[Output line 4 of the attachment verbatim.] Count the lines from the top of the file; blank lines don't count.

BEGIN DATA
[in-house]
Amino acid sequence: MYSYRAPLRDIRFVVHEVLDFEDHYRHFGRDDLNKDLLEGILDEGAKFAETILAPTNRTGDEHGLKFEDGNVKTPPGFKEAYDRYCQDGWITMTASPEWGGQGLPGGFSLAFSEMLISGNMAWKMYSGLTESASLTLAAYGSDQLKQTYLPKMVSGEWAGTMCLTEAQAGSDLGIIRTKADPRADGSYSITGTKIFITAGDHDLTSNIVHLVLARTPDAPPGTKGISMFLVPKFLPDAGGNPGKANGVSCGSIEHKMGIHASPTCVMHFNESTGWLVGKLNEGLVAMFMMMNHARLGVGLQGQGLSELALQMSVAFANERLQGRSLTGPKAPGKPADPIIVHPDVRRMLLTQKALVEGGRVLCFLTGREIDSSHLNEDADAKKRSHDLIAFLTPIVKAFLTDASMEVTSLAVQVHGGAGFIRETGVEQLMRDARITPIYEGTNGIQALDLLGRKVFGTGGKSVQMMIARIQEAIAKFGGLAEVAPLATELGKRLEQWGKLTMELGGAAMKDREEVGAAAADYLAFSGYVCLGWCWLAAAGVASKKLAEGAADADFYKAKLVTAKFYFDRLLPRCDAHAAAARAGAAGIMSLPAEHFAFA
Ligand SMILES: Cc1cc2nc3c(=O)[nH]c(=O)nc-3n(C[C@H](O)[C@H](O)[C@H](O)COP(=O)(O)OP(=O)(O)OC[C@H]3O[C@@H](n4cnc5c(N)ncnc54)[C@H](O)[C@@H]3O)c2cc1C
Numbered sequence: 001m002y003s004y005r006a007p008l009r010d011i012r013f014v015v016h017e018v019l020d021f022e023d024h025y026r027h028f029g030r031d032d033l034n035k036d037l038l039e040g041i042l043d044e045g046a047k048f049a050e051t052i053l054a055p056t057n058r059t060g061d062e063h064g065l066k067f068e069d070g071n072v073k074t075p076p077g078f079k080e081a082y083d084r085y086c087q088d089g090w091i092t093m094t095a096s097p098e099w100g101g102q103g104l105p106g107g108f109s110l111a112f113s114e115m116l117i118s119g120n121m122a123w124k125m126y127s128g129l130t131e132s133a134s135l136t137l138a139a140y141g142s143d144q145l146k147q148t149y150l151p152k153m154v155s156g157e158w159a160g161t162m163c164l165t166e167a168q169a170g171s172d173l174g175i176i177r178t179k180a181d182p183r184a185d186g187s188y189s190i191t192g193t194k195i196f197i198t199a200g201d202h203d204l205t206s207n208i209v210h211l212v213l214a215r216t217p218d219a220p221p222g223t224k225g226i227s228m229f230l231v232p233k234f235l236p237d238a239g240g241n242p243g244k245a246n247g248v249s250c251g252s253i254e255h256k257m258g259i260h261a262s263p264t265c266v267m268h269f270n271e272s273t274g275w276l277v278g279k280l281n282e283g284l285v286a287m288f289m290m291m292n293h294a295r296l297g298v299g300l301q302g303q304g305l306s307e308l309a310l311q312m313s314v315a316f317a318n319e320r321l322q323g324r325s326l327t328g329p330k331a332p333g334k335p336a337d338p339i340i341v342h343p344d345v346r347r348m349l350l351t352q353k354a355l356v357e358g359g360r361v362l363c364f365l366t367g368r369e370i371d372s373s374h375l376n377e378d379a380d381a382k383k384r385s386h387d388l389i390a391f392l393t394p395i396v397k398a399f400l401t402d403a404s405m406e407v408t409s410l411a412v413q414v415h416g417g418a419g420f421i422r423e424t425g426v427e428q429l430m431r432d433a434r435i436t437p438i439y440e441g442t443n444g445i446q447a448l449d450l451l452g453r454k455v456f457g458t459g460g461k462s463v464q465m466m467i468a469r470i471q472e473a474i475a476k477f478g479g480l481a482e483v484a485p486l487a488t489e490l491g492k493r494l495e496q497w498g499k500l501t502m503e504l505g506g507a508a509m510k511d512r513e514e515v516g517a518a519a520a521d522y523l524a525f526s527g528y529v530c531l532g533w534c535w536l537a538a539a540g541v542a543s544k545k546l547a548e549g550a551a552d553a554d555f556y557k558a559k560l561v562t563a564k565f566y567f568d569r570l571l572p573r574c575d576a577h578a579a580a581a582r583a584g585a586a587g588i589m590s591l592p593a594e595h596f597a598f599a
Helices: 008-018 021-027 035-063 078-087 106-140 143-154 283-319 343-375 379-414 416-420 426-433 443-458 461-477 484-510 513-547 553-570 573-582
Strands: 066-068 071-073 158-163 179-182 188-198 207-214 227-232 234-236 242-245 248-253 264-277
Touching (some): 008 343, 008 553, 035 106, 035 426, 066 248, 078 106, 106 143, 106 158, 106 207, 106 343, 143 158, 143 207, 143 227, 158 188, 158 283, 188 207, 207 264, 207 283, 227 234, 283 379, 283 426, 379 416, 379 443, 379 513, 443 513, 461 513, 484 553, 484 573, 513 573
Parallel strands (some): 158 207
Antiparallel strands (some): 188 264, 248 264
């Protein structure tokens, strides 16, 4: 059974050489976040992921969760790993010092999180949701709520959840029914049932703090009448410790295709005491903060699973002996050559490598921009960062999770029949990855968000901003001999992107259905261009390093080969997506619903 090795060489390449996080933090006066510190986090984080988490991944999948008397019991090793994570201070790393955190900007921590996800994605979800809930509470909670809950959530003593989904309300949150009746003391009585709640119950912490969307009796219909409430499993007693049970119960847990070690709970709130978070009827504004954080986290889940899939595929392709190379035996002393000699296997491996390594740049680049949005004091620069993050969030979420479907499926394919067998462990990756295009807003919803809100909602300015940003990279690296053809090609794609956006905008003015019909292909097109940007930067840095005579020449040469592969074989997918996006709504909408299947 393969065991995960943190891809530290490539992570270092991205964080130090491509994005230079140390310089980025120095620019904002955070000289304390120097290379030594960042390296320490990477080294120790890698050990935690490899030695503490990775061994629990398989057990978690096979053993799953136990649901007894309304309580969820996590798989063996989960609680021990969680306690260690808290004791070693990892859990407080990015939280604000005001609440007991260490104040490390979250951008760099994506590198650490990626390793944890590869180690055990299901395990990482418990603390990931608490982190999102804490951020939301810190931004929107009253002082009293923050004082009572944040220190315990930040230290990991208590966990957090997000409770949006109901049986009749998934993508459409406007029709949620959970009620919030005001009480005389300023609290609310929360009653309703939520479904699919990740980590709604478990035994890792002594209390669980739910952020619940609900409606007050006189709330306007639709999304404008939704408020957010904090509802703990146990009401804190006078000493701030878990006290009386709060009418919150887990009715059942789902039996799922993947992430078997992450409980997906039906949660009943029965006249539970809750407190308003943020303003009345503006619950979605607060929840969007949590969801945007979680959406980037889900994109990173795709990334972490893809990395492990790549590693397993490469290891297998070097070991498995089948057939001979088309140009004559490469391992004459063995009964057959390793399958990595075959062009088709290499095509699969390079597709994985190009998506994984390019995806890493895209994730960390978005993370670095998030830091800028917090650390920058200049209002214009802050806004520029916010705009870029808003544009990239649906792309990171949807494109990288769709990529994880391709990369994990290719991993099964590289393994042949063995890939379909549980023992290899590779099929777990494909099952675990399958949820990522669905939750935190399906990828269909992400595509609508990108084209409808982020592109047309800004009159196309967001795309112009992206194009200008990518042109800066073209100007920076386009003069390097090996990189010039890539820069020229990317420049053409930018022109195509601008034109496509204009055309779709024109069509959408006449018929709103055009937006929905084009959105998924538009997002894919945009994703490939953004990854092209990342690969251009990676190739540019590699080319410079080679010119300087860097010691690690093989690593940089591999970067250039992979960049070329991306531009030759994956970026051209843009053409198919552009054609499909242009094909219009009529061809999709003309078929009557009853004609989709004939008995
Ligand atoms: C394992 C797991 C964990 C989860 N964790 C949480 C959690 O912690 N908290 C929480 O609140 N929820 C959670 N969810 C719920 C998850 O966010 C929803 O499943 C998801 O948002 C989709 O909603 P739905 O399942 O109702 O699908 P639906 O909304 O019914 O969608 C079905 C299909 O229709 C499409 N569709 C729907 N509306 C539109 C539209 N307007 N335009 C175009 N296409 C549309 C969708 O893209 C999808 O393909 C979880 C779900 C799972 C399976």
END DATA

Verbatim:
Numbered sequence: 001m002y003s004y005r006a007p008l009r010d011i012r013f014v015v016h017e018v019l020d021f022e023d024h025y026r027h028f029g030r031d032d033l034n035k036d037l038l039e040g041i042l043d044e045g046a047k048f049a050e051t052i053l054a055p056t057n058r059t060g061d062e063h064g065l066k067f068e069d070g071n072v073k074t075p076p077g078f079k080e081a082y083d084r085y086c087q088d089g090w091i092t093m094t095a096s097p098e099w100g101g102q103g104l105p106g107g108f109s110l111a112f113s114e115m116l117i118s119g120n121m122a123w124k125m126y127s128g129l130t131e132s133a134s135l136t137l138a139a140y141g142s143d144q145l146k147q148t149y150l151p152k153m154v155s156g157e158w159a160g161t162m163c164l165t166e167a168q169a170g171s172d173l174g175i176i177r178t179k180a181d182p183r184a185d186g187s188y189s190i191t192g193t194k195i196f197i198t199a200g201d202h203d204l205t206s207n208i209v210h211l212v213l214a215r216t217p218d219a220p221p222g223t224k225g226i227s228m229f230l231v232p233k234f235l236p237d238a239g240g241n242p243g244k245a246n247g248v249s250c251g252s253i254e255h256k257m258g259i260h261a262s263p264t265c266v267m268h269f270n271e272s273t274g275w276l277v278g279k280l281n282e283g284l285v286a287m288f289m290m291m292n293h294a295r296l297g298v299g300l301q302g303q304g305l306s307e308l309a310l311q312m313s314v315a316f317a318n319e320r321l322q323g324r325s326l327t328g329p330k331a332p333g334k335p336a337d338p339i340i341v342h343p344d345v346r347r348m349l350l351t352q353k354a355l356v357e358g359g360r361v362l363c364f365l366t367g368r369e370i371d372s373s374h375l376n377e378d379a380d381a382k383k384r385s386h387d388l389i390a391f392l393t394p395i396v397k398a399f400l401t402d403a404s405m406e407v408t409s410l411a412v413q414v415h416g417g418a419g420f421i422r423e424t425g426v427e428q429l430m431r432d433a434r435i436t437p438i439y440e441g442t443n444g445i446q447a448l449d450l451l452g453r454k455v456f457g458t459g460g461k462s463v464q465m466m467i468a469r470i471q472e473a474i475a476k477f478g479g480l481a482e483v484a485p486l487a488t489e490l491g492k493r494l495e496q497w498g499k500l501t502m503e504l505g506g507a508a509m510k511d512r513e514e515v516g517a518a519a520a521d522y523l524a525f526s527g528y529v530c531l532g533w534c535w536l537a538a539a540g541v542a543s544k545k546l547a548e549g550a551a552d553a554d555f556y557k558a559k560l561v562t563a564k565f566y567f568d569r570l571l572p573r574c575d576a577h578a579a580a581a582r583a584g585a586a587g588i589m590s591l592p593a594e595h596f597a598f599a